But there are also those who prefer to do their own food sourcing such as private investor Chan Kwai Sum, who neither shops online nor orders home delivery. “I’ve not bothered to procure groceries online due to the perceived dearth of delivery slots. I prefer venturing to the various supermarkets, almost on a daily basis.

But my spending has gone up several fold. Through a friend who knows a Japanese supplier, I’ve been getting regular supplies of uni, toro and other premium food.”


Shi Tan, the communications director of a luxury goods company, is a prime example of professionals/hobby chefs who are spending more on high-end produce this period than before.

“With both my husband and myself working, and our two teenage kids busy with school and social life, we would only have three or four meals together a week and they would mostly be at restaurants,” she says.

“Now that everyone’s at home, I make an effort to create a great dining experience for them at every meal, thus the need to shop for better ingredients.” While that doesn’t mean truffles or caviar, her menus do include prime meats and seafood that she gets from various sources including specialty butchers and online seafood suppliers for her choice of crabs, live prawns and fish like red grouper.

She is also a recent convert to ‘online marketing’ - literally shopping from wet market-type businesses that have found a new upmarket audience since moving online due to the pandemic.

One of them is Seafood Lobang, run by Wilson Tan, the second-generation owner of Wah Seng Fishery, which has operated out of Jurong Fishery Port for 35 years, purely as a wholesaler.

“We were exploring B2C as the next stage for the business and it was just about to be launched when Covid-19 struck,” says Mr Tan. Business literally “self-propelled”, with 70 per cent of his customers living in condos and landed properties. “Most of them found us through word of mouth and social media,” he believes.

One platform that has helped him and fellow businesses is Pasar United, a spinoff of Hawkers United - a Facebook group started by hawker Melvin Chew to help beleaguered food stalls reach out to more customers.

After Hawkers United became a local sensation with over 200,000 users, Pasar United was formed to help wet market stalls which were badly affected by the pandemic. “It really helped to publicise our company through Facebook,” says Mr Tan. “It would have been a lot harder without it.”

“After we set up Hawkers United, the number of members increased exponentially, and so did the variety of things sold,” says Mr Chew of the multiple spin offs that also include one for desserts and food delivery services. “Pasar United is for wet market grocers to sell fresh and frozen produce, fruits and vegetables, food manufacturers and suppliers. It was formed just before the enhanced Circuit Breaker measures, so we saw a spike in the number of members. From what we can see, business has been very good for many of the sellers. We don’t monitor their sales, but we were told of one seller who had to buy another delivery van to cope with all the orders.”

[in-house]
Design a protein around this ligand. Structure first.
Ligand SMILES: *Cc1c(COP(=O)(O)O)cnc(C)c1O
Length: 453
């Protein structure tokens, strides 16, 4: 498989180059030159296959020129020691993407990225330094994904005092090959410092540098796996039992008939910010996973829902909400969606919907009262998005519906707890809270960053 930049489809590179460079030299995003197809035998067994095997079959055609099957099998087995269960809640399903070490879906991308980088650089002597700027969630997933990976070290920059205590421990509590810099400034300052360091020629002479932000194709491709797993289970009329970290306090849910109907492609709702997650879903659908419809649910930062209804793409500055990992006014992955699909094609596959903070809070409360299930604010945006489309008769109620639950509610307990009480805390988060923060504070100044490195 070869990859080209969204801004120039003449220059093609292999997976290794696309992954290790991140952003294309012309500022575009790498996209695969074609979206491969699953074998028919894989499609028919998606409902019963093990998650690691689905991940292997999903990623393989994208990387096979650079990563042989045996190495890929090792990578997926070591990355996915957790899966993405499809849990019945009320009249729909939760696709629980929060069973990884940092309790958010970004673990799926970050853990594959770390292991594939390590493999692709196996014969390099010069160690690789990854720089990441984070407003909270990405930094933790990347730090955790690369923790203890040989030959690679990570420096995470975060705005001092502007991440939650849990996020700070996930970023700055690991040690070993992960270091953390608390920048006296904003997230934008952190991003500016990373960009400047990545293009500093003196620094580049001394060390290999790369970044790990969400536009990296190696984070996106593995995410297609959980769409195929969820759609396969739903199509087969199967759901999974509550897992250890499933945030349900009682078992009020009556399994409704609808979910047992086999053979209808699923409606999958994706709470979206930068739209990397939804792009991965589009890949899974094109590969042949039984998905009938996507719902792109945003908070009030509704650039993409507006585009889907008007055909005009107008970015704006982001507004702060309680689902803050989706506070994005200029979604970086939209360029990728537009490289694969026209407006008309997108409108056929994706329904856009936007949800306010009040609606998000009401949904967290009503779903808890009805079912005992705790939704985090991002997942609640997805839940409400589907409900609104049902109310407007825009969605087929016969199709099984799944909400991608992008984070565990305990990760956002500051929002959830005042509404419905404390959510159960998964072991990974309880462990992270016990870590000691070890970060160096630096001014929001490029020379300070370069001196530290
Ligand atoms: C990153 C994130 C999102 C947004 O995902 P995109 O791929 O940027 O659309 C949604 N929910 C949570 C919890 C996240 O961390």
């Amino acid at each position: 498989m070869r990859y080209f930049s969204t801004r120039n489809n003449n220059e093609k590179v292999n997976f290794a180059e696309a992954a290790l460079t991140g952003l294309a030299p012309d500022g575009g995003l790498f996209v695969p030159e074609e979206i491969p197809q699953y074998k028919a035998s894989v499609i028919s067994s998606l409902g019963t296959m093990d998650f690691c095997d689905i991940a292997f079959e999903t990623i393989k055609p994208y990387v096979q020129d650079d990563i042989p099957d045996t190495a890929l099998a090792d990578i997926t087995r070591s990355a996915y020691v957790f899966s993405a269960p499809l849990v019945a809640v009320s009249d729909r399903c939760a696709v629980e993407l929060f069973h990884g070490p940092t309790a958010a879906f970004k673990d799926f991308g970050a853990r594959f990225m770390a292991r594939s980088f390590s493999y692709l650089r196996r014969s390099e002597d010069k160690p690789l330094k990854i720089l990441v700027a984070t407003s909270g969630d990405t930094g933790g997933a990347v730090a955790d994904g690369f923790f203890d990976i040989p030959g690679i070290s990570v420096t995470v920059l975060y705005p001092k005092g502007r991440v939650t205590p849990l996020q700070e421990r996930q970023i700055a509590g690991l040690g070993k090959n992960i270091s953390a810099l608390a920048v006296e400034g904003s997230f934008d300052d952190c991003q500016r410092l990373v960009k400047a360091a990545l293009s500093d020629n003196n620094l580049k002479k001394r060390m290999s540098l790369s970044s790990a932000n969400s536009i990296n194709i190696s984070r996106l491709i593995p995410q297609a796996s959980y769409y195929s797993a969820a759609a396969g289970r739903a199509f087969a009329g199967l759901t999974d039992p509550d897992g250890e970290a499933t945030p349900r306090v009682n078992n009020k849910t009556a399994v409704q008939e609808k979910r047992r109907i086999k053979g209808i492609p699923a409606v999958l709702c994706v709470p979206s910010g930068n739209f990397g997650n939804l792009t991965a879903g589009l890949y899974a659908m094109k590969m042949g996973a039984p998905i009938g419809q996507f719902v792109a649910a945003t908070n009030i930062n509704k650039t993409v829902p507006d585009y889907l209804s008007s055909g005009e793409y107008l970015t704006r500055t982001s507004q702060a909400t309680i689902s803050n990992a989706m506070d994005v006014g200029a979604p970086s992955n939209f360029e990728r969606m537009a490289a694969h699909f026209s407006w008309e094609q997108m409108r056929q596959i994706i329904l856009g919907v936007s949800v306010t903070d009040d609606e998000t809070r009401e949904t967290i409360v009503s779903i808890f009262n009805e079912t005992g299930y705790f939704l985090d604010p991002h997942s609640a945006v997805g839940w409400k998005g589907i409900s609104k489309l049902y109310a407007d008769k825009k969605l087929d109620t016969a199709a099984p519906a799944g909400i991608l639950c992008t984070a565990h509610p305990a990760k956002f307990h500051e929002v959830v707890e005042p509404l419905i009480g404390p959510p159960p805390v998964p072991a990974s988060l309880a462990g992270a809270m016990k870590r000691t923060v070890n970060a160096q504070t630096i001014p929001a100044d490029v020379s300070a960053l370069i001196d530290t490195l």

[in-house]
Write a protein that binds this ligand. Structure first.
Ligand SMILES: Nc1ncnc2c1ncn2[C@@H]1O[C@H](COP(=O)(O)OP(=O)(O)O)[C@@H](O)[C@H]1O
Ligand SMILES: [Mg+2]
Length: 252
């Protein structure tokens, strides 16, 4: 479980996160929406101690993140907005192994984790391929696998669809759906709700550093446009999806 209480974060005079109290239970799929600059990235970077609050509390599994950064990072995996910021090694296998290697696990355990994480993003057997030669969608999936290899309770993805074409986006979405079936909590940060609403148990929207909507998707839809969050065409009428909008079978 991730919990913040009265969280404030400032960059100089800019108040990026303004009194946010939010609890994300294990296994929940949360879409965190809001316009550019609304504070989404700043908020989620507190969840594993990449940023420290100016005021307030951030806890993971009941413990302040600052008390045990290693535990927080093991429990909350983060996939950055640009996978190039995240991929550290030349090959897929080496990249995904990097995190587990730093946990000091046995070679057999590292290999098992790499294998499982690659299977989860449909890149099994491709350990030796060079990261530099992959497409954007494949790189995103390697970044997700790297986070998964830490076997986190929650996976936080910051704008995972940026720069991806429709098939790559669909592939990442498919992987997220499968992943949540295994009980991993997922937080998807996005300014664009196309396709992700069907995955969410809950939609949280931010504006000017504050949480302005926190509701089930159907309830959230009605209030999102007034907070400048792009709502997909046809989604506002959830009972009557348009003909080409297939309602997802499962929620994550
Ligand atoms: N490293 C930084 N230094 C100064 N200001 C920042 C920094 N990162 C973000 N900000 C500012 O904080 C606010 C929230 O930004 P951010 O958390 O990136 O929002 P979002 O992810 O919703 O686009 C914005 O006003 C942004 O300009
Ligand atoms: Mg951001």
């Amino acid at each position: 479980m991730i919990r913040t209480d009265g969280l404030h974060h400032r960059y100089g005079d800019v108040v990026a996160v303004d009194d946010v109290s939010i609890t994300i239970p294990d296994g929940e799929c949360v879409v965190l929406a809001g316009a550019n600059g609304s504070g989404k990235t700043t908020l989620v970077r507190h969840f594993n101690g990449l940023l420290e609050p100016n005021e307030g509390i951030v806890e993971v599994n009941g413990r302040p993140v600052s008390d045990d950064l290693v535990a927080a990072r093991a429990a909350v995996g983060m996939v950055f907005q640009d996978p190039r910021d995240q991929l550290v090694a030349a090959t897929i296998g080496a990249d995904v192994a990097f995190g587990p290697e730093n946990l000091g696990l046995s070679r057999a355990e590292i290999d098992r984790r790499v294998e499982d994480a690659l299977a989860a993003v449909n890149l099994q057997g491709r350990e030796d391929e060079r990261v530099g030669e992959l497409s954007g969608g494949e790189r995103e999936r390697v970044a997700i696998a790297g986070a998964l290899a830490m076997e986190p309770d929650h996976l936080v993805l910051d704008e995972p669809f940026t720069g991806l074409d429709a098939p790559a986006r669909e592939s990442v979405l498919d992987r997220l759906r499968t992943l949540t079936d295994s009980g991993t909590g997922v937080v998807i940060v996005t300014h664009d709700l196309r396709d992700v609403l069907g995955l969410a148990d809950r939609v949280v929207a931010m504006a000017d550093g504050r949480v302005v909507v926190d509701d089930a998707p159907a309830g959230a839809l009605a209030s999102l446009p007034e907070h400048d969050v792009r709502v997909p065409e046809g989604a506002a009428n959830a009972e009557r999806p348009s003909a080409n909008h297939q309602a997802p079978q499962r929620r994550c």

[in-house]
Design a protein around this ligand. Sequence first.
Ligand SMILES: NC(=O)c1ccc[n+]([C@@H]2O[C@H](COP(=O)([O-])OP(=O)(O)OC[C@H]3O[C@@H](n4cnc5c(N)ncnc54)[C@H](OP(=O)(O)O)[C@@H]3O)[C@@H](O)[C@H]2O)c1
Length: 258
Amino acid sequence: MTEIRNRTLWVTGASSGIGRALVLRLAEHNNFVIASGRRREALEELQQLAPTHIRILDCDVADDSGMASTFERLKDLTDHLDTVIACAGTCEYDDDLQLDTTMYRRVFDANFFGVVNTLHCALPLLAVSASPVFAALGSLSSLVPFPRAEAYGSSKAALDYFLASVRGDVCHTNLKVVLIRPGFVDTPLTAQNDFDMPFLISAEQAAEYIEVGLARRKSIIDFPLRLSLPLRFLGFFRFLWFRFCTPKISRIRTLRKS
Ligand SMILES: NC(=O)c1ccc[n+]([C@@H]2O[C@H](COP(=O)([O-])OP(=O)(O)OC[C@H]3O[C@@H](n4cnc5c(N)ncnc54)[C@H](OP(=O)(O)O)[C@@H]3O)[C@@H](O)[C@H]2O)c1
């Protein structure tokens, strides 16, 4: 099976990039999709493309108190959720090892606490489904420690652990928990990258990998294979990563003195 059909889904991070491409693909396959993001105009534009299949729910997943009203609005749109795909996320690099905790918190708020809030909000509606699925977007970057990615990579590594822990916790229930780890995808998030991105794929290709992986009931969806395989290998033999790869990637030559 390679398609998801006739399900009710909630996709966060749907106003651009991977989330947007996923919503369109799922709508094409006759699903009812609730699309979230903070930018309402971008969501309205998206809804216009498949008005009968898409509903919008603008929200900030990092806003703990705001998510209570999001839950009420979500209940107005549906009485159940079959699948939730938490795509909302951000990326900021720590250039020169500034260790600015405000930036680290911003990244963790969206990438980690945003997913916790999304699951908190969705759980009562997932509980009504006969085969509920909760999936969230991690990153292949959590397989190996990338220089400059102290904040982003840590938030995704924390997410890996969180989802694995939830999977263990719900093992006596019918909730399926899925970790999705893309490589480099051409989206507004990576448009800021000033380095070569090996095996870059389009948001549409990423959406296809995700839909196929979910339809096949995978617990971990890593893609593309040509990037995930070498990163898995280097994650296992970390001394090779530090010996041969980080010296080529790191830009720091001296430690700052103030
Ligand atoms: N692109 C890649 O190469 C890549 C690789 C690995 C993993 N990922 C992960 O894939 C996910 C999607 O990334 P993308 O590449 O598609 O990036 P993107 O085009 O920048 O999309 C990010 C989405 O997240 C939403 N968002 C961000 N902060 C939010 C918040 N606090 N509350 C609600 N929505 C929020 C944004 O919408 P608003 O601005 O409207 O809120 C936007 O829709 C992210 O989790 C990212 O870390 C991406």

Going online has literally opened the door to a whole new audience for wet market grocers including fruit supplier Kendrick Teo, who started Heavenly Guo just as Covid-19 first hit Singapore. The online-only business, he felt, “was an opportunity to bring premium quality fruits to people right to their own homes”.

With an impressive range from Japanese pink strawberries to yellow dragon fruit from Ecuador, the business got off to a roaring start and jumped by another 40 per cent to 50 per cent when Circuit Breaker measures were implemented. It was way beyond his expectations, says the former regional sales manager for a premium fabric distributor who had been planning to go into the fruit business for a long time. “Customers who bought from us started gifting ‘care’ hampers to their employees, friends and family, which helped to grow our business through word of mouth.”

Adds the member of Pasar United, “It’s not just the affluent who are looking for premium quality - we get customers from all walks of life and types of residences. They’re buying mainly for the convenience of home delivery and quality. Most, if not all, of our customers are repeat ones.”


For wholesale seafood business Allswell Marketing, demand for its live Alaskan king crabs, live turbot and other upscale fish dropped by some 80 per cent when orders from Michelin-starred restaurants and five star hotels came to a standstill. Because of the level of quality and price, restaurants were less inclined to feature them in their takeaway/delivery menus,” says Jen Loy, whose parents own Allswell.

What has softened the blow is the move to e-commerce in 2018, when Ms Loy and her brother Jay started the digital offshoot, Ocean Mart. Selling the same live seafood that are kept in special tanks before purchase, it has boosted sales by about 30 per cent. “While it isn’t enough to offset the drop in the wholesale business, it’s imperative to keep the business afloat and save jobs,” says Ms Loy. “We’re really thankful that we already had this platform so our focus was to ramp up marketing efforts in the fastest time.” She too is active on Pasar United which has helped draw some new customers.

Live oysters and Canadian lobsters are the bestsellers as they’re seen as “affordable luxury”, she says, while live Alaskan king crabs that cost upwards of S$250 are reserved for special occasions.

For banker Lee Wei Cai, it’s been a pleasant surprise that she’s been able to find high quality ingredients from wet market sources. “I would never have thought I could get uni, lobsters and escargot so easily.”

She’s also a fan of Singapore Home Cooks, a Facebook community page. “You can get almost everything there, and I highly recommend their group buys.”

For Ms Lee, Ms Tan and other home cooks like them, home meals will still be their main form of dining in until restaurants open for business again. The demand for high end groceries may dip post-Covid but for now, so long as we’re in crisis mode, there are some edible joys we won’t do without.